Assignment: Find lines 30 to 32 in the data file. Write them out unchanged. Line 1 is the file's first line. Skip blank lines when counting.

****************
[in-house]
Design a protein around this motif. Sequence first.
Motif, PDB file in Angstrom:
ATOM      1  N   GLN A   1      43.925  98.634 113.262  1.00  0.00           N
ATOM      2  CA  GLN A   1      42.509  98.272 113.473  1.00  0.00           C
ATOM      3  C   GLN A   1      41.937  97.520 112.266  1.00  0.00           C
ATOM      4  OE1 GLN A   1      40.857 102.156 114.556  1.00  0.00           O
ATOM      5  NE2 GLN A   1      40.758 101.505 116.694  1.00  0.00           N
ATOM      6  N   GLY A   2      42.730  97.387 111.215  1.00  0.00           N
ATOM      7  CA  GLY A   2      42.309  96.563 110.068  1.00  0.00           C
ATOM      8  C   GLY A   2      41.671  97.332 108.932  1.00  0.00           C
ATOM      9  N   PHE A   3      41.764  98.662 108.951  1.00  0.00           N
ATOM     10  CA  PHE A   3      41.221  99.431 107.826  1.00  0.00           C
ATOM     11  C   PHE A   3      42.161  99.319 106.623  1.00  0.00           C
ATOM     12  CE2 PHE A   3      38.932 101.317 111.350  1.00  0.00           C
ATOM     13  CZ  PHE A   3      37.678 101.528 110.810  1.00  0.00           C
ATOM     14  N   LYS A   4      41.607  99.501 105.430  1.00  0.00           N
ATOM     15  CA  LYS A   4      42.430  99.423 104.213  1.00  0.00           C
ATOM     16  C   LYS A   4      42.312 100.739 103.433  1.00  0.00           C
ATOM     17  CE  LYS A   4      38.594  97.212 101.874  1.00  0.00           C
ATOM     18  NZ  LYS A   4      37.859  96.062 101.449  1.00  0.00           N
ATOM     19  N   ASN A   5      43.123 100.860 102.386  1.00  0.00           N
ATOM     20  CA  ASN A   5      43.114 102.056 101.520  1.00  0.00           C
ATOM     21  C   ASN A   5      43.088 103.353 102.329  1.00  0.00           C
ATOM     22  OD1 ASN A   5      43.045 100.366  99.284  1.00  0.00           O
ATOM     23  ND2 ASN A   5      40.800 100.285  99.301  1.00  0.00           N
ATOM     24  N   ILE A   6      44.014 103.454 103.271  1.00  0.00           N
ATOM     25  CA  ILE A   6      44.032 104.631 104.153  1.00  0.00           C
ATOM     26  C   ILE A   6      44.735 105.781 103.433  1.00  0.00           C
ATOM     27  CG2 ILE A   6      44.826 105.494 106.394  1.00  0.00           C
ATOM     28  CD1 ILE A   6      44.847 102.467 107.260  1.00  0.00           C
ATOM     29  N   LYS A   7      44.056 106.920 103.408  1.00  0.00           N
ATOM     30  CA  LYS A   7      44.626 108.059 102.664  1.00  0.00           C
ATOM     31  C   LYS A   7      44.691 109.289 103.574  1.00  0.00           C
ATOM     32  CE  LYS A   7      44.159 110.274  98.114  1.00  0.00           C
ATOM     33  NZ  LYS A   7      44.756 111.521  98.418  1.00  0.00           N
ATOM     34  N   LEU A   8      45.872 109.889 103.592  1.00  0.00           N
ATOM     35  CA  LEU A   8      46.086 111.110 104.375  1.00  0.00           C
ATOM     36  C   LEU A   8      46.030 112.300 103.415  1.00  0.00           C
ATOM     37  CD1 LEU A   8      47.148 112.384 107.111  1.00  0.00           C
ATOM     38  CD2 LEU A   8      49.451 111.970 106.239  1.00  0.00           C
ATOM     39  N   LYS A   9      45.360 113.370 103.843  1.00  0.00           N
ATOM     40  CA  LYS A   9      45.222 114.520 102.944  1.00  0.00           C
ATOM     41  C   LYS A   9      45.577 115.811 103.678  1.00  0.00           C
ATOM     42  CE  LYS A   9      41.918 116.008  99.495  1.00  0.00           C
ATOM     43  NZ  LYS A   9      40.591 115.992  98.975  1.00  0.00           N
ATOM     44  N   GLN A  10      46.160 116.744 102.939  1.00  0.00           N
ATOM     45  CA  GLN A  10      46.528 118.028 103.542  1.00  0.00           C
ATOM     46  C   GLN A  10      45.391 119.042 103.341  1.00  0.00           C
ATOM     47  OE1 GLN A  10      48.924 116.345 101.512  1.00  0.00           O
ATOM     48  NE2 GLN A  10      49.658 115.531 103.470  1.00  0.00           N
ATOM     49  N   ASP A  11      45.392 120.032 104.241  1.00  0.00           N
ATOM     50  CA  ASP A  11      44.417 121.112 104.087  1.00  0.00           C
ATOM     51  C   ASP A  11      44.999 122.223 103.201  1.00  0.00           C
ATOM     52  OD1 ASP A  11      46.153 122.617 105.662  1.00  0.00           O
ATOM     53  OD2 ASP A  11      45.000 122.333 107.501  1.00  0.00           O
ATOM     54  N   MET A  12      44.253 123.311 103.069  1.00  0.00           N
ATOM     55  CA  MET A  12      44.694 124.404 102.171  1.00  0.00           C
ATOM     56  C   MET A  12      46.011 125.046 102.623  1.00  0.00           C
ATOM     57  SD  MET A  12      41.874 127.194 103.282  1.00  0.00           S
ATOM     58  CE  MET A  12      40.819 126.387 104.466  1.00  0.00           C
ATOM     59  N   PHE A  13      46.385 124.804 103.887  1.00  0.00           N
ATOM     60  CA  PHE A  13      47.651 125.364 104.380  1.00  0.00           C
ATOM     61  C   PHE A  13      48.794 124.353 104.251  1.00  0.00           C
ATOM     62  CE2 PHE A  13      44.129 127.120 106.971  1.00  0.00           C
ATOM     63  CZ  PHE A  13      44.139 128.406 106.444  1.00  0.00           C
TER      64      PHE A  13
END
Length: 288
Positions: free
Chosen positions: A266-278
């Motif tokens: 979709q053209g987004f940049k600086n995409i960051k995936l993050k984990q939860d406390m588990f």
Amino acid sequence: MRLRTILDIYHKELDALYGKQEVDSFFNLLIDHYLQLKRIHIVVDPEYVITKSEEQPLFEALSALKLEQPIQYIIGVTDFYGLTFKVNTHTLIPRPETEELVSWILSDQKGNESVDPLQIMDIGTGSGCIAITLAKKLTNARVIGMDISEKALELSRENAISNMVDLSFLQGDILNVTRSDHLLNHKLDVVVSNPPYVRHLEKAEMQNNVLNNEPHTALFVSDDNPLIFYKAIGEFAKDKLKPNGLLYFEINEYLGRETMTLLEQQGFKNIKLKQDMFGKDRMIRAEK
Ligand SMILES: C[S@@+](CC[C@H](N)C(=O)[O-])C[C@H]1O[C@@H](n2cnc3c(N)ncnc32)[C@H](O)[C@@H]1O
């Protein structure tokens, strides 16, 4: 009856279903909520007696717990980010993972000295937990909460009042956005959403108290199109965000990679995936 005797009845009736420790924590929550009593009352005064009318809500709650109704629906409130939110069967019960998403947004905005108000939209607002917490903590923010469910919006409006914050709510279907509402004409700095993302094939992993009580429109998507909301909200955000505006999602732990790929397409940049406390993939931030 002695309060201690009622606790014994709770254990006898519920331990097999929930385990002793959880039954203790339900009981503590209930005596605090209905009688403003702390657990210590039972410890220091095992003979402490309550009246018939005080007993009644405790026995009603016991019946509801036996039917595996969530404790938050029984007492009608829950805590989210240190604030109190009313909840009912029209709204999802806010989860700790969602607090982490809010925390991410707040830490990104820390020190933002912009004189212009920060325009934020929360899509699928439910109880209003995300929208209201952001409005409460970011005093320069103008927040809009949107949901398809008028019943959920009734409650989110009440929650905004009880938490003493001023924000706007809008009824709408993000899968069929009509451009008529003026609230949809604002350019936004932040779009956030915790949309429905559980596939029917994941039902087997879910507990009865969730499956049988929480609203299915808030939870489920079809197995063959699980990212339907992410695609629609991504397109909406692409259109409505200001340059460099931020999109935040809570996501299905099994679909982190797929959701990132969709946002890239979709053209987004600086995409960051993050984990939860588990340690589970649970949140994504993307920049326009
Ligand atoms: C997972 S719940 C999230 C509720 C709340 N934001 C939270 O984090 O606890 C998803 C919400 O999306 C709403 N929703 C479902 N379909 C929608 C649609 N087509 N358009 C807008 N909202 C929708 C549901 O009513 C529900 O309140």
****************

ATOM     27  CG2 ILE A   6      44.826 105.494 106.394  1.00  0.00           C
ATOM     28  CD1 ILE A   6      44.847 102.467 107.260  1.00  0.00           C
ATOM     29  N   LYS A   7      44.056 106.920 103.408  1.00  0.00           N